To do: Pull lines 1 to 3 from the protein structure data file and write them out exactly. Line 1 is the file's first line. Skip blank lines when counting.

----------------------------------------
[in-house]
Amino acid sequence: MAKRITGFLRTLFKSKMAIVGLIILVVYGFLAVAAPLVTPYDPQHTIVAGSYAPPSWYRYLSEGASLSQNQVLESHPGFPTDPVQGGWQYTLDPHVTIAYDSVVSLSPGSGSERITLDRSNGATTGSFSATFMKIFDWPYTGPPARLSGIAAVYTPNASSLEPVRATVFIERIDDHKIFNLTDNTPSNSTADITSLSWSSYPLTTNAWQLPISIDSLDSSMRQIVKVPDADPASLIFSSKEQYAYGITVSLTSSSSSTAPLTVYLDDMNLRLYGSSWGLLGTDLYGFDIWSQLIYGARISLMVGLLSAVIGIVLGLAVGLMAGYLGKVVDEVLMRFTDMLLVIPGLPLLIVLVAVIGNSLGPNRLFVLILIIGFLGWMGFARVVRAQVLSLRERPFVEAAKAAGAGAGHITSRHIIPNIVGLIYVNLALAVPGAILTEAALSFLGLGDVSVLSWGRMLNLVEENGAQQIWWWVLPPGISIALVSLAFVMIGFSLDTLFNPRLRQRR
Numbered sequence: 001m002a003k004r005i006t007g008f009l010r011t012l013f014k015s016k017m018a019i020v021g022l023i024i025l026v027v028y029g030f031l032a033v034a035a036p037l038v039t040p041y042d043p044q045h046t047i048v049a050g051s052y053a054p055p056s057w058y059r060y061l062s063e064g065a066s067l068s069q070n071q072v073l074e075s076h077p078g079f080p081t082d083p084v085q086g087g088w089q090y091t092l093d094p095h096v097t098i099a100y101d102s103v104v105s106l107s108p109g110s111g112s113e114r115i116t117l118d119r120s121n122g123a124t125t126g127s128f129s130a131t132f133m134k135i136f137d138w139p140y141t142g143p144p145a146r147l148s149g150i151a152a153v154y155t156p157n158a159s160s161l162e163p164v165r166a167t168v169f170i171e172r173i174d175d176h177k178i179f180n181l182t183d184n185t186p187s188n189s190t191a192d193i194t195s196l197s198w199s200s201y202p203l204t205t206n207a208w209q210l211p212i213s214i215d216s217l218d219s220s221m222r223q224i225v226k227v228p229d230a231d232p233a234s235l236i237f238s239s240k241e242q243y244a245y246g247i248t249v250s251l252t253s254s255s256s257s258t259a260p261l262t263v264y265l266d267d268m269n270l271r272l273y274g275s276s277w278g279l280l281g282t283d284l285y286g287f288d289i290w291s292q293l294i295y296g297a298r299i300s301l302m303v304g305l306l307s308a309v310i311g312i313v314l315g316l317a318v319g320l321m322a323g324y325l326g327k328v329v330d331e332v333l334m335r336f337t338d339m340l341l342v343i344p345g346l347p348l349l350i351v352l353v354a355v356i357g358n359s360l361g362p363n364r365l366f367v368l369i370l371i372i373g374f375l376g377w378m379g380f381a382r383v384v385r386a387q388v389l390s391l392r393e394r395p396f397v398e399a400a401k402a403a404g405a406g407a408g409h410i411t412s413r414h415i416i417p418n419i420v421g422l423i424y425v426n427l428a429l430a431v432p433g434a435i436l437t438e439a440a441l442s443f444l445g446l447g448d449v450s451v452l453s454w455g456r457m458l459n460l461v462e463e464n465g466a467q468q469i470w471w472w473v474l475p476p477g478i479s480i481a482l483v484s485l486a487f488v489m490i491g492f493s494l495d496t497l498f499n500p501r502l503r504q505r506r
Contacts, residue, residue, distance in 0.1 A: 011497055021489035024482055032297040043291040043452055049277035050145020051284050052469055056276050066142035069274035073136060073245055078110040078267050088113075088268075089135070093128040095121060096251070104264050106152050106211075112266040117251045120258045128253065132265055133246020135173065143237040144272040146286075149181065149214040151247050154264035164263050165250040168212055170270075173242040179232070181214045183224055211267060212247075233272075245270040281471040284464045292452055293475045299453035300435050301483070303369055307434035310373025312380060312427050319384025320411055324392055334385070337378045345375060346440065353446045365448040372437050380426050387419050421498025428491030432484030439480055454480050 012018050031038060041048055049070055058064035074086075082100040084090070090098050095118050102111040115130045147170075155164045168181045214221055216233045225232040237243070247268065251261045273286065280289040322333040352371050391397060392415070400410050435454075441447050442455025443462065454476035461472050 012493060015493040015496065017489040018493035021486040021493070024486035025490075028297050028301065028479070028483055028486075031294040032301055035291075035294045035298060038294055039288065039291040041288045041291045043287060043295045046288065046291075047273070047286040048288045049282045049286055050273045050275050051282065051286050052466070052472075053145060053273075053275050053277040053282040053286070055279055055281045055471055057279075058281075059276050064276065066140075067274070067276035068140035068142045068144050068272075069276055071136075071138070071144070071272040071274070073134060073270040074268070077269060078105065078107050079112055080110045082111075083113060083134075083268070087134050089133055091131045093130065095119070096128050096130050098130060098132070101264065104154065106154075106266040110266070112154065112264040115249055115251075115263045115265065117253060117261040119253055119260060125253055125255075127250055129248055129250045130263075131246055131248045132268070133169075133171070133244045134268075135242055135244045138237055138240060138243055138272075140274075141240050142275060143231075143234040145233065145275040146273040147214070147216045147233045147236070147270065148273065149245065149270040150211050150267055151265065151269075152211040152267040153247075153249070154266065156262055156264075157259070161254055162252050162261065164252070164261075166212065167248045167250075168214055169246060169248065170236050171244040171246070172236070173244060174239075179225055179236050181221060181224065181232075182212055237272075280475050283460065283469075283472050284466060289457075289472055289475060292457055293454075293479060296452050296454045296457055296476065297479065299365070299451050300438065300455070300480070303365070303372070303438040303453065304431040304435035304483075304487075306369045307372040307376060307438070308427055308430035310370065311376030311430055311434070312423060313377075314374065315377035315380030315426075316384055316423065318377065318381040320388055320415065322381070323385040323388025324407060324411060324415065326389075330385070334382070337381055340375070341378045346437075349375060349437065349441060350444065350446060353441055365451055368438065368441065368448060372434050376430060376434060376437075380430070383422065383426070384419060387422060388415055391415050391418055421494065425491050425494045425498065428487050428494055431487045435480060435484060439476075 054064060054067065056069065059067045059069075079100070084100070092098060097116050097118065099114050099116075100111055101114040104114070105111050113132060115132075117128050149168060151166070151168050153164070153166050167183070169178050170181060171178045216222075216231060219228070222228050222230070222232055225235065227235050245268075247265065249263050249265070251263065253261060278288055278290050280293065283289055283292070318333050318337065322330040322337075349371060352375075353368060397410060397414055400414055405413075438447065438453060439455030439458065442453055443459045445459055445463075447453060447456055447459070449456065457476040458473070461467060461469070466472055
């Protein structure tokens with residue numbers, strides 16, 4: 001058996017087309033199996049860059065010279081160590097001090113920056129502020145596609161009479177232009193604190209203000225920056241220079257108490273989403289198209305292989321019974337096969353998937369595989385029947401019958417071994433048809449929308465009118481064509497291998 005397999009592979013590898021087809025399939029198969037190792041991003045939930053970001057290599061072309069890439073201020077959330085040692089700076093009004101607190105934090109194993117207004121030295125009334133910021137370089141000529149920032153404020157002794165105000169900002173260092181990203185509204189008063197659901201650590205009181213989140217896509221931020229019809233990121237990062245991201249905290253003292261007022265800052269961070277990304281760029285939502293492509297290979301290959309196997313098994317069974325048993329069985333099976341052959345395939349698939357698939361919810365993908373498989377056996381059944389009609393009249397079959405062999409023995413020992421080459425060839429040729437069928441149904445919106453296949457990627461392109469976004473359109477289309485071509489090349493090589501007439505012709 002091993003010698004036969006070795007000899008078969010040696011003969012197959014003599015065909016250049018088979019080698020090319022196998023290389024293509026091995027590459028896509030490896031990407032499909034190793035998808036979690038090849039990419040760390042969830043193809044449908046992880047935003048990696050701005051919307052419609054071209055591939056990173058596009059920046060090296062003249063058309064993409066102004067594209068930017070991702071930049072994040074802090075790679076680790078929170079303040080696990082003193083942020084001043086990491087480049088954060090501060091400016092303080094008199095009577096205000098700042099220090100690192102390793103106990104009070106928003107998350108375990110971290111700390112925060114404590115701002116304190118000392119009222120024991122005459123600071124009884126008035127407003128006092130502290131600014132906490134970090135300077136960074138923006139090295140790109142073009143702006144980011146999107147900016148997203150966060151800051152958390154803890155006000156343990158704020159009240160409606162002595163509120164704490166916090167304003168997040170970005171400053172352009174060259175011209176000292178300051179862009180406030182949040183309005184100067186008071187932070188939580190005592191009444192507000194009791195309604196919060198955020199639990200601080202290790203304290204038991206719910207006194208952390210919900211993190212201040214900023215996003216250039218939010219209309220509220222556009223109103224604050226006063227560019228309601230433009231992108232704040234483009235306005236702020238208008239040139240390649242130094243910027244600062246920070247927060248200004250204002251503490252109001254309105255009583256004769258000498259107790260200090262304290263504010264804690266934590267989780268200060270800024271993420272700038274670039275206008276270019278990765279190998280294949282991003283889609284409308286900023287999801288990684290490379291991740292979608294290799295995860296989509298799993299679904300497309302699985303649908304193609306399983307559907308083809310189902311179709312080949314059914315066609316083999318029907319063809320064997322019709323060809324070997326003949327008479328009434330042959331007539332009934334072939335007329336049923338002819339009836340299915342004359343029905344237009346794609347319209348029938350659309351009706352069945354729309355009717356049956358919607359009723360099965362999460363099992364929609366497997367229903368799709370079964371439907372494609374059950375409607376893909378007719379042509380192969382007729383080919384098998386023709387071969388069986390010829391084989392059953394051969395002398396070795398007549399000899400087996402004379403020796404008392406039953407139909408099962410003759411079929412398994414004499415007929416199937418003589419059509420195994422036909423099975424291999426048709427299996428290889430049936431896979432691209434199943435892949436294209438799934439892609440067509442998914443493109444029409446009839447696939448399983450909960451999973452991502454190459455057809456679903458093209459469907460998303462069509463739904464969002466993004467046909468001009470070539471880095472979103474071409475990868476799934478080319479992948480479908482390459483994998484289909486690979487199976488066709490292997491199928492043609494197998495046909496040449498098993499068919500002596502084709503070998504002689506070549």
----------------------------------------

[in-house]
Amino acid sequence: MAKRITGFLRTLFKSKMAIVGLIILVVYGFLAVAAPLVTPYDPQHTIVAGSYAPPSWYRYLSEGASLSQNQVLESHPGFPTDPVQGGWQYTLDPHVTIAYDSVVSLSPGSGSERITLDRSNGATTGSFSATFMKIFDWPYTGPPARLSGIAAVYTPNASSLEPVRATVFIERIDDHKIFNLTDNTPSNSTADITSLSWSSYPLTTNAWQLPISIDSLDSSMRQIVKVPDADPASLIFSSKEQYAYGITVSLTSSSSSTAPLTVYLDDMNLRLYGSSWGLLGTDLYGFDIWSQLIYGARISLMVGLLSAVIGIVLGLAVGLMAGYLGKVVDEVLMRFTDMLLVIPGLPLLIVLVAVIGNSLGPNRLFVLILIIGFLGWMGFARVVRAQVLSLRERPFVEAAKAAGAGAGHITSRHIIPNIVGLIYVNLALAVPGAILTEAALSFLGLGDVSVLSWGRMLNLVEENGAQQIWWWVLPPGISIALVSLAFVMIGFSLDTLFNPRLRQRR
Numbered sequence: 001m002a003k004r005i006t007g008f009l010r011t012l013f014k015s016k017m018a019i020v021g022l023i024i025l026v027v028y029g030f031l032a033v034a035a036p037l038v039t040p041y042d043p044q045h046t047i048v049a050g051s052y053a054p055p056s057w058y059r060y061l062s063e064g065a066s067l068s069q070n071q072v073l074e075s076h077p078g079f080p081t082d083p084v085q086g087g088w089q090y091t092l093d094p095h096v097t098i099a100y101d102s103v104v105s106l107s108p109g110s111g112s113e114r115i116t117l118d119r120s121n122g123a124t125t126g127s128f129s130a131t132f133m134k135i136f137d138w139p140y141t142g143p144p145a146r147l148s149g150i151a152a153v154y155t156p157n158a159s160s161l162e163p164v165r166a167t168v169f170i171e172r173i174d175d176h177k178i179f180n181l182t183d184n185t186p187s188n189s190t191a192d193i194t195s196l197s198w199s200s201y202p203l204t205t206n207a208w209q210l211p212i213s214i215d216s217l218d219s220s221m222r223q224i225v226k227v228p229d230a231d232p233a234s235l236i237f238s239s240k241e242q243y244a245y246g247i248t249v250s251l252t253s254s255s256s257s258t259a260p261l262t263v264y265l266d267d268m269n270l271r272l273y274g275s276s277w278g279l280l281g282t283d284l285y286g287f288d289i290w291s292q293l294i295y296g297a298r299i300s301l302m303v304g305l306l307s308a309v310i311g312i313v314l315g316l317a318v319g320l321m322a323g324y325l326g327k328v329v330d331e332v333l334m335r336f337t338d339m340l341l342v343i344p345g346l347p348l349l350i351v352l353v354a355v356i357g358n359s360l361g362p363n364r365l366f367v368l369i370l371i372i373g374f375l376g377w378m379g380f381a382r383v384v385r386a387q388v389l390s391l392r393e394r395p396f397v398e399a400a401k402a403a404g405a406g407a408g409h410i411t412s413r414h415i416i417p418n419i420v421g422l423i424y425v426n427l428a429l430a431v432p433g434a435i436l437t438e439a440a441l442s443f444l445g446l447g448d449v450s451v452l453s454w455g456r457m458l459n460l461v462e463e464n465g466a467q468q469i470w471w472w473v474l475p476p477g478i479s480i481a482l483v484s485l486a487f488v489m490i491g492f493s494l495d496t497l498f499n500p501r502l503r504q505r506r